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Posted by on Jan 19, 2013 in Featured, Politics | 7 comments

Obama Wins: There’s Something to be Said for “Just” Surviving!

Paul Krugman, who admits he was wrong for misjudging Obama on refusing to negotiate the debt ceiling, admires Obama for playing his cards right. The Republicans have caved in.

And it’s a big deal. Yes, the GOP could come back on the debt ceiling, but that seems unlikely. It could try to make a big deal of the sequester, but that’s a lot more like the fiscal cliff than it is like the debt ceiling: not good, but not potentially catastrophic, and therefore poor terrain for the “we’re crazier than you are” strategy. And while Republicans could shut down the government, my guess is that Democrats would actually be gleeful at that prospect: the PR would be overwhelmingly favorable for Obama, and again, not much risk of blowing up the world.

The key point to remember here is that Obama achieves his main goals simply by surviving. …Paul Krugman, Economics and Politics

A cave is a cave. Frankly, I wish we could brick the exit from the cave and leave the Republicans inside.


Greg Sargent has this from Nancy Pelosi, team member.

“We need a clean debt ceiling increase and a bipartisan and balanced budget that protects Medicare and Social Security, invests in the future, and responsibly reduces the deficit.

“This proposal does not relieve the uncertainty faced by small businesses, the markets and the middle class. This is a gimmick unworthy of the challenges we face and the national debate we should be having. The message from the American people is clear: no games, no default.”

And Sargent adds:

This is getting very, very interesting. Pelosi is leaving the statement deliberately vague. It demands that Republicans go all the way and formally remove the thread of default from the discussions for good. But it isn’t quite conclusive on whether Pelosi could support a clean three month debt ceiling increase in the end. The idea seems to be that by leaving this unclear, it leaves the GOP still twisting in the wind.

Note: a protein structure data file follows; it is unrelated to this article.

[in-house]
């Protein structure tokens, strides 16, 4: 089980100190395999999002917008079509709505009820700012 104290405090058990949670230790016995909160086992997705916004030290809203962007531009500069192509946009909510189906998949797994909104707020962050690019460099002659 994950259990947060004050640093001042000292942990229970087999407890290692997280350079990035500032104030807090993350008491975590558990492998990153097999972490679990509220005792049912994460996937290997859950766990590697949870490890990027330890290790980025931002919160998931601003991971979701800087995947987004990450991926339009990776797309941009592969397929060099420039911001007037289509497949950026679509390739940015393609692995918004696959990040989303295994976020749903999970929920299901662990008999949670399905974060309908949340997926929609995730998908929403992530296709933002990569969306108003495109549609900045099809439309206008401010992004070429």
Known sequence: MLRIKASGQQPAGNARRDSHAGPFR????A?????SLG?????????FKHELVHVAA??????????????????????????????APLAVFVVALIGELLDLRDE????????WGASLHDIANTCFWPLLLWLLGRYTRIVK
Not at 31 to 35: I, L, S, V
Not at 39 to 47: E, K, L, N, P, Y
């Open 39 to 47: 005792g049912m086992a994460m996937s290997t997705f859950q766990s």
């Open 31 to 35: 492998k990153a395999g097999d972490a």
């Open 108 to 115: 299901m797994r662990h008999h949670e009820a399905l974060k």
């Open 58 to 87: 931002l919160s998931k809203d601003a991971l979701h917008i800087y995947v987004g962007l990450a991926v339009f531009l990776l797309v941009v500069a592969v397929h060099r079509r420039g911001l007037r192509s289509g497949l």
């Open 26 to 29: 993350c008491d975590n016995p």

A House Dem aide tells me the goal is to put pressure on Boehner to come up with the votes for this himself, at a time when House conservatives may not be willing to support the three month extension, since it amounts to surrender. The other point here is that Pelosi is signaling that if Boehner tries to include any trickery in the three month debt ceiling bill, he’ll have to find the votes for it himself. ...Sargent, WaPo


An interesting coincidence. About the time the new, revitalized, not to say threatening, Obama For America was hitting the headlines again with its new mission, the Republicans caved. Maybe Republicans got a sudden vision of the future. Whatever. The new OFA has become “Organizing for America.” It will make use of the enormously efficient, effective, overwhelming campaign organization that has put Obama in the White House once and then twice — against tough odds.

Jamelle Bouie writes in the Post:

…It’s hard to say if grassroots action will be effective in pushing Congress to move on the president’s agenda. But given the huge infrastructure developed by the Obama campaign — including millions of email addresses and volunteers “tagged by geography and degree of devotion,” as Politico puts it — there’s no excuse for not putting it to further use.

The new OFA could, however, have an impact on Obama’s agenda in another way. The central political problem faced by Democrats is this: How to make the midterm electorate look like the presidential one, rather than the older and whiter electorate of, say, 2010? A large, well-funded grassroots organization, devoted to persuasion and activism, could become the key tool to reactivating 2012 voters, and bringing them to the polls in 2014.

If the primary obstacle to Obama’s policies on guns, immigration, climate change, economic stimulus, taxes and other issues remains GOP control of the House, the organization could conceivably aid in the 2014 push to recapture the Lower Chamber. While that’s a long shot, an effective OFA could conceivably make it somewhat less of a long shot. …WaPo

How about 2016 and beyond? Have we finally got an effective Democratic National Committee standing in the wings, ready to replace its moribund predecessor?

Cross-posted from Prairie Weather

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